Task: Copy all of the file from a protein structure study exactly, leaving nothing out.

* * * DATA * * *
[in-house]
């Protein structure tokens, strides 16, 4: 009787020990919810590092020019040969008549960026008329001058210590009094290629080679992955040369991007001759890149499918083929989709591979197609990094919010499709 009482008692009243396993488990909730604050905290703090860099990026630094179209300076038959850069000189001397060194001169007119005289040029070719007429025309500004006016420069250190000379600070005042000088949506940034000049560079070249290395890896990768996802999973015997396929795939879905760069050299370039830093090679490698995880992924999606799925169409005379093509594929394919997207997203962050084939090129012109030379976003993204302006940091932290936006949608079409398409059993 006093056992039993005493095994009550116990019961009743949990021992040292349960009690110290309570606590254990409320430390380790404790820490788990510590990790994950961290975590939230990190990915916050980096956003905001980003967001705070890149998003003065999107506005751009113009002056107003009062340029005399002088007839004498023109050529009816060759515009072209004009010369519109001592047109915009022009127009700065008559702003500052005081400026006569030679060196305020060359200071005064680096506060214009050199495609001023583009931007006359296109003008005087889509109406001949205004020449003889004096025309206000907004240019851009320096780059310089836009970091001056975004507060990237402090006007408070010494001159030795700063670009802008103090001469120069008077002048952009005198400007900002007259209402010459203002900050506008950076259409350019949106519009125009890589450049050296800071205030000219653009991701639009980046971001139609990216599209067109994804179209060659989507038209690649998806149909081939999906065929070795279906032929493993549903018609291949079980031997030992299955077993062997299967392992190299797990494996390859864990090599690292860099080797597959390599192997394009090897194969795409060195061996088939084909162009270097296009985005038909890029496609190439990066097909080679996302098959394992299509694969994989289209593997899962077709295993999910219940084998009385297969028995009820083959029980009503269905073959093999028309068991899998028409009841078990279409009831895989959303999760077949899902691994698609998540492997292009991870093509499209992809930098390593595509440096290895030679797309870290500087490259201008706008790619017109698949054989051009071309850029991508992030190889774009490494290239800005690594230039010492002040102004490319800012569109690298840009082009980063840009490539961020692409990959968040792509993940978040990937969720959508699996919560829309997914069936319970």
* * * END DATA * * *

[in-house]
């Protein structure tokens, strides 16, 4: 009787020990919810590092020019040969008549960026008329001058210590009094290629080679992955040369991007001759890149499918083929989709591979197609990094919010499709 009482008692009243396993488990909730604050905290703090860099990026630094179209300076038959850069000189001397060194001169007119005289040029070719007429025309500004006016420069250190000379600070005042000088949506940034000049560079070249290395890896990768996802999973015997396929795939879905760069050299370039830093090679490698995880992924999606799925169409005379093509594929394919997207997203962050084939090129012109030379976003993204302006940091932290936006949608079409398409059993 006093056992039993005493095994009550116990019961009743949990021992040292349960009690110290309570606590254990409320430390380790404790820490788990510590990790994950961290975590939230990190990915916050980096956003905001980003967001705070890149998003003065999107506005751009113009002056107003009062340029005399002088007839004498023109050529009816060759515009072209004009010369519109001592047109915009022009127009700065008559702003500052005081400026006569030679060196305020060359200071005064680096506060214009050199495609001023583009931007006359296109003008005087889509109406001949205004020449003889004096025309206000907004240019851009320096780059310089836009970091001056975004507060990237402090006007408070010494001159030795700063670009802008103090001469120069008077002048952009005198400007900002007259209402010459203002900050506008950076259409350019949106519009125009890589450049050296800071205030000219653009991701639009980046971001139609990216599209067109994804179209060659989507038209690649998806149909081939999906065929070795279906032929493993549903018609291949079980031997030992299955077993062997299967392992190299797990494996390859864990090599690292860099080797597959390599192997394009090897194969795409060195061996088939084909162009270097296009985005038909890029496609190439990066097909080679996302098959394992299509694969994989289209593997899962077709295993999910219940084998009385297969028995009820083959029980009503269905073959093999028309068991899998028409009841078990279409009831895989959303999760077949899902691994698609998540492997292009991870093509499209992809930098390593595509440096290895030679797309870290500087490259201008706008790619017109698949054989051009071309850029991508992030190889774009490494290239800005690594230039010492002040102004490319800012569109690298840009082009980063840009490539961020692409990959968040792509993940978040990937969720959508699996919560829309997914069936319970």